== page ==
Republican candidates and conservative media organizations seized on reports of voting issues in Arizona on Tuesday to reiterate their case that the state’s elections are broken and in need of reform, even as state and county officials said the complaints were overblown.
“We have irregularities all over the state,” said Mark Finchem, who won the Republican nomination for secretary of state in Arizona, before his victory was announced.
Gateway Pundit, a conservative website that relentlessly covered election rumors Tuesday, wrote that Arizona’s largest counties were apparently “riddled with serious irregularities occurring throughout the day, raising even greater concern about election integrity.”
There is no evidence of widespread fraud in Tuesday’s election. But the concerns expressed were heightened by a series of problems in Pinal County, the state’s third most populous county, located between Phoenix and Tucson. More than 63,000 ballots were mailed with the wrong local races, requiring new ballots to be issued. On election night, at least 20 of the 95 districts Pinal County was running out of ballots or they ran out completely.
Sophia Solis, the deputy communications director for the Arizona secretary of state, said voters could still cast ballots in those precincts using voting machines commonly used by voters with disabilities.
“We haven’t heard of widespread problems,” Ms. Solis said, adding that “one of the main themes we saw yesterday was the spread of misinformation and disinformation.”
Kent Volkmer, the Pinal County attorney, said there were more registered voters in the county than they had seen before, including many more independent voters. He added that many voters submitted their ballots by mail so they could vote in person, possibly motivated by the ballot printing issues.
“We don’t think there are as many people who were adversely affected as those related to the community,” Mr. Volkmer said.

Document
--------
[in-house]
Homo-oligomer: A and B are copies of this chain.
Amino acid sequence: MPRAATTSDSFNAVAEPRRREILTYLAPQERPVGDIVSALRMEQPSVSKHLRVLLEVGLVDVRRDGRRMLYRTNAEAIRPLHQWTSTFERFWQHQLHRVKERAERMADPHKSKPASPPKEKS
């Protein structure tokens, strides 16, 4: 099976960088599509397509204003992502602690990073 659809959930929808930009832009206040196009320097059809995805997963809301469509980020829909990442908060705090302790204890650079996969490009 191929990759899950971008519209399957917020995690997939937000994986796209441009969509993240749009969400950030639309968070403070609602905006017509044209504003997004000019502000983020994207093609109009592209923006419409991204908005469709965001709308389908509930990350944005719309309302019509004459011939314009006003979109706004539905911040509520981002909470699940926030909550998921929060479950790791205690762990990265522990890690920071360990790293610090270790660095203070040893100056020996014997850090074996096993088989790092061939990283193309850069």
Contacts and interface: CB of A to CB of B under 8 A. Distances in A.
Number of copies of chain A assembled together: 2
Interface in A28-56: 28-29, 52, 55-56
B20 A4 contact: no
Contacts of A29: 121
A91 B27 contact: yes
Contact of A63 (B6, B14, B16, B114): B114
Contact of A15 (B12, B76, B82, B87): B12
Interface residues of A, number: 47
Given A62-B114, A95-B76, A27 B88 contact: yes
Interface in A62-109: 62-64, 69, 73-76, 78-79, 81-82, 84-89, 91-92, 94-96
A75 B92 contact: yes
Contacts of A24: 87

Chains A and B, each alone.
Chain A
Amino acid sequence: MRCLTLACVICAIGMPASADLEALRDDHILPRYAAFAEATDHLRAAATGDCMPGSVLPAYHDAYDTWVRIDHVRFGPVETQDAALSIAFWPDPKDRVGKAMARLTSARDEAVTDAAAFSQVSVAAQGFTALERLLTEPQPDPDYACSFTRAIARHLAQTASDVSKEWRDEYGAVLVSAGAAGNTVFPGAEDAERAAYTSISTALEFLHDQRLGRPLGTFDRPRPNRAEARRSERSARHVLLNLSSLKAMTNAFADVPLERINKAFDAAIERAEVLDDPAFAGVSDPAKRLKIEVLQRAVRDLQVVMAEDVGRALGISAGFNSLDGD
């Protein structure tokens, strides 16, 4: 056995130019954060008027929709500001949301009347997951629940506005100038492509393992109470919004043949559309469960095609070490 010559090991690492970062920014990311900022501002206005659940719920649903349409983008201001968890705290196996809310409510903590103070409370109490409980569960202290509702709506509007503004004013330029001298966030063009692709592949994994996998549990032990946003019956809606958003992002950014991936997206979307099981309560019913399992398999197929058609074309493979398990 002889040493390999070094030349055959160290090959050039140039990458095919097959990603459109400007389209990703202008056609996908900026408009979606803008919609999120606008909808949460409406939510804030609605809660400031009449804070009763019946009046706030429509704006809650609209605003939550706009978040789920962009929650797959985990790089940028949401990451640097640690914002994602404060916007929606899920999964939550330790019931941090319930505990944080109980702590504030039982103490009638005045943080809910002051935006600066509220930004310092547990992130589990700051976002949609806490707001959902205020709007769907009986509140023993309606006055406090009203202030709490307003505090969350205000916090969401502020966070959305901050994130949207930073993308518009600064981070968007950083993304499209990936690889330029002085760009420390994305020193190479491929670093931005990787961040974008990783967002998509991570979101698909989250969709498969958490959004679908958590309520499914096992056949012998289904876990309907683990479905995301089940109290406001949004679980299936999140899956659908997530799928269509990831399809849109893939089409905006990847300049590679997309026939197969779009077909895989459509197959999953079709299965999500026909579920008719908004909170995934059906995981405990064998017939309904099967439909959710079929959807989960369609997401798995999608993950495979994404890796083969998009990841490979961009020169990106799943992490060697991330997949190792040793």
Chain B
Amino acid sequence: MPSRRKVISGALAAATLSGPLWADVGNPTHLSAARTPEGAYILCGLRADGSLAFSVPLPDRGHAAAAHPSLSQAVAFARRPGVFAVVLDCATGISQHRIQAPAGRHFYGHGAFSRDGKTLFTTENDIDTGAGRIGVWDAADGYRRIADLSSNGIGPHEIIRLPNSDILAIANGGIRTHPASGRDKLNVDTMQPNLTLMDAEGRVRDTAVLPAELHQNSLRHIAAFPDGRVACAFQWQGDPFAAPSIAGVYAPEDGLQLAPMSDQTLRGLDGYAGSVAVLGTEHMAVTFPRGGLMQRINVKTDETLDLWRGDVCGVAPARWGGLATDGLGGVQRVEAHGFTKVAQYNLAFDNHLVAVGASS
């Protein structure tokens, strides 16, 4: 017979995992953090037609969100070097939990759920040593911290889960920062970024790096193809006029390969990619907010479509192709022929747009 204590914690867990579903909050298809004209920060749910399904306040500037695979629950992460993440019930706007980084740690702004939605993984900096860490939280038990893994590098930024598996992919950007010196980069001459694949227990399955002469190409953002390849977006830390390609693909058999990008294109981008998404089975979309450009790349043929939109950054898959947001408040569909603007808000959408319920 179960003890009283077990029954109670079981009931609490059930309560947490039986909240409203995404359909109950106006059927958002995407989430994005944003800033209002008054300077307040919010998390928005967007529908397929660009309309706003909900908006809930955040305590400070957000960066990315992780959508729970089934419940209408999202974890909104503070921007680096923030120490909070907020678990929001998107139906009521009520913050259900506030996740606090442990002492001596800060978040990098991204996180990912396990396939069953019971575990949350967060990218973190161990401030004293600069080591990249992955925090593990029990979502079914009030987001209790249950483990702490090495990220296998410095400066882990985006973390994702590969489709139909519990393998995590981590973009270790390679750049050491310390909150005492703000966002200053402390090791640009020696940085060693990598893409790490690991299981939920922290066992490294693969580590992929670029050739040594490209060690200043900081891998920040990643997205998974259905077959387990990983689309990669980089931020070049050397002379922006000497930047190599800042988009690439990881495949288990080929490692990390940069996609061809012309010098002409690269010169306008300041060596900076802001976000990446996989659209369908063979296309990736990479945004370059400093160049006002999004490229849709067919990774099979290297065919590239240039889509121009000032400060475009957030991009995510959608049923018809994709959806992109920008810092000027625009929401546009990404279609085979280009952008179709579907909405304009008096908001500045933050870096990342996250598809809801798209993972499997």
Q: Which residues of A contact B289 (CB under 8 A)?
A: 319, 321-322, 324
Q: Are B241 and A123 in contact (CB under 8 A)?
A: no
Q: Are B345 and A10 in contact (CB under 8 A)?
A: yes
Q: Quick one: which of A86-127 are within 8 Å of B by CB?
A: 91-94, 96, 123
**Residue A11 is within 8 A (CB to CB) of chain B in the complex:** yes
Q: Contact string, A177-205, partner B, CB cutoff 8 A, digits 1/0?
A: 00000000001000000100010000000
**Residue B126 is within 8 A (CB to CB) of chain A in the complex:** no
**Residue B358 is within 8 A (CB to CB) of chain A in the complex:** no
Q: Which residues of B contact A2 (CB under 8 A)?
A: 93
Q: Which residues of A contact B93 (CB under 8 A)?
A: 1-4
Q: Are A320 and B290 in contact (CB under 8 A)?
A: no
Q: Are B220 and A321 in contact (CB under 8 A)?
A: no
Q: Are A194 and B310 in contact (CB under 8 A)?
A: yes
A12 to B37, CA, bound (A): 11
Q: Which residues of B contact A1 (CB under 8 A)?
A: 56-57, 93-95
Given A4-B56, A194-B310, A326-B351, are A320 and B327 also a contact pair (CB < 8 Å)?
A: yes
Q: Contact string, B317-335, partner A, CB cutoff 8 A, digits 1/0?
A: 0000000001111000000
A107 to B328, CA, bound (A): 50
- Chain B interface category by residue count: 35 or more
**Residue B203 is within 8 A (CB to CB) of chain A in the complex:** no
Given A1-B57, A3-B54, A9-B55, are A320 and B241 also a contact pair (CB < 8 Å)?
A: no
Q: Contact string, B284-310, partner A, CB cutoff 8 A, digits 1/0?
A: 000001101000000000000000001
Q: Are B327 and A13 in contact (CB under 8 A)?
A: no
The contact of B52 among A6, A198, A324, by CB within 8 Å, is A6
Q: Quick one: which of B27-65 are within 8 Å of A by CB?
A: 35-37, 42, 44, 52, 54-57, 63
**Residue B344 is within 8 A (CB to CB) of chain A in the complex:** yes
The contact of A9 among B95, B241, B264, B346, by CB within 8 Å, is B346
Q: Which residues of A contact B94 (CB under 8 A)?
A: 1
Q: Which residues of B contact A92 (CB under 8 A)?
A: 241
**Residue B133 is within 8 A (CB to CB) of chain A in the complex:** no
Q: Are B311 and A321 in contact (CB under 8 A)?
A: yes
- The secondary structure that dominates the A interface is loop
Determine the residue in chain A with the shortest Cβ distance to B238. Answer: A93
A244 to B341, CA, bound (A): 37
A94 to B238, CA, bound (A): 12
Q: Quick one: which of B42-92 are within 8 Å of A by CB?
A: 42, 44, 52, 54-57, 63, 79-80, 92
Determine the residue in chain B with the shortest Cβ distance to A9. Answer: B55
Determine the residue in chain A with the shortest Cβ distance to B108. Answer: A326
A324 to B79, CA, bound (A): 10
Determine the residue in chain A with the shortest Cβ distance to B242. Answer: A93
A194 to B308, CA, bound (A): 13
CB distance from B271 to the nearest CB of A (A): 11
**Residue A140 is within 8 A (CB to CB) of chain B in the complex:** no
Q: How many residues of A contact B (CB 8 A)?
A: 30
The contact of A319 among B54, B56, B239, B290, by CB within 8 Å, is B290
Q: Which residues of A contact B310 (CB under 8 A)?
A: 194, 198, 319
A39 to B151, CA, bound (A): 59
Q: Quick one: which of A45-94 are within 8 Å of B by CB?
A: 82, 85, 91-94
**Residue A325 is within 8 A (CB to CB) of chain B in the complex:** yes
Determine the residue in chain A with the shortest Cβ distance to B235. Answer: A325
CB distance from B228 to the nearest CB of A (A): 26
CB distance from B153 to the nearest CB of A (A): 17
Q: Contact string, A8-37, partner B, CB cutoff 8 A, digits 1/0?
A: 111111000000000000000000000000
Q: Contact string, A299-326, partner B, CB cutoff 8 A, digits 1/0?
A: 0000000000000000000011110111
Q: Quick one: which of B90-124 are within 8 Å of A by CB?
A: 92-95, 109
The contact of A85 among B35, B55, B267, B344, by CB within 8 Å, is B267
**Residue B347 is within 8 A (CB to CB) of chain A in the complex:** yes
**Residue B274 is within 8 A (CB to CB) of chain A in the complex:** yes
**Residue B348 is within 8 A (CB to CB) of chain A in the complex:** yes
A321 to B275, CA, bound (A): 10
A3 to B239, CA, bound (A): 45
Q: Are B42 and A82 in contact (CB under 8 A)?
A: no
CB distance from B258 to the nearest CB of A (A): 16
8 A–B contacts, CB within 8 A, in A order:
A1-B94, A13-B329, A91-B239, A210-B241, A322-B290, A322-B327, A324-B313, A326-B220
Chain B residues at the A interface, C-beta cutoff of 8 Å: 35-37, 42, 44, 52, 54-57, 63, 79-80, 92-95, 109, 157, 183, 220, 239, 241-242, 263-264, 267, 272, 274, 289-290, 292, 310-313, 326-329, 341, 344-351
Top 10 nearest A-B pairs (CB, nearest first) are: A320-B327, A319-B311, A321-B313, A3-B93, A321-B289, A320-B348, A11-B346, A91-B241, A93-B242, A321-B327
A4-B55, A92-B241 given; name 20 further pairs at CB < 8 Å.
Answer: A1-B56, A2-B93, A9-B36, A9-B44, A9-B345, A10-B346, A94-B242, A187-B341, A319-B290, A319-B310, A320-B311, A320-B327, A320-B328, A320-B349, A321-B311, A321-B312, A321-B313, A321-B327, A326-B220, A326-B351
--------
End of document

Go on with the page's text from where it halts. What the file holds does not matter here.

A common talking point on Tuesday resurrected a false theory from 2020 known as Sharpiegate, which claimed markers provided by poll workers were bleeding and invalidating ballots. Election officials they have said this the machines can read ballots marked with pens, markers and other instruments, and any problems can be reviewed manually.
“This is Sharpiegate 2.0,” Ben Berquam, a conservative commentator, said on a live stream. Mr Finchem shared the conspiracy theory on his Twitter account. The campaign for Ron Watkins, a congressional candidate for Arizona’s Second District who came in last in his race on Tuesday, also suggested that Mr. Watkins’ votes were being artificially trimmed.
Many theories of voter fraud have centered on the gubernatorial primary race between Cary Lake, the former news anchor endorsed by Trump, and Karyn Taylor Robson, who was endorsed by former Vice President Mike Pence. Ms Lake badly trailed her rival for most of the night, sparking theories of voter fraud among her supporters. He finally took the lead.
Allies of Ms. Lake suggested during a live broadcast that the results were suspect because many other Trump-aligned candidates were winning their races. In Arizona, mail-in ballots received before Election Day are counted first, and polls suggested they would slightly favor Ms. Taylor Robson. Personal votes were counted on election night and Ms Lake’s supporters preferred to vote in person.
As the count continued late into the night, Ms Lake won while trailing Ms Taylor Robson.
“When the legal votes are counted, we will win,” Ms Lake said at her election night party. The Associated Press has yet to call the fight.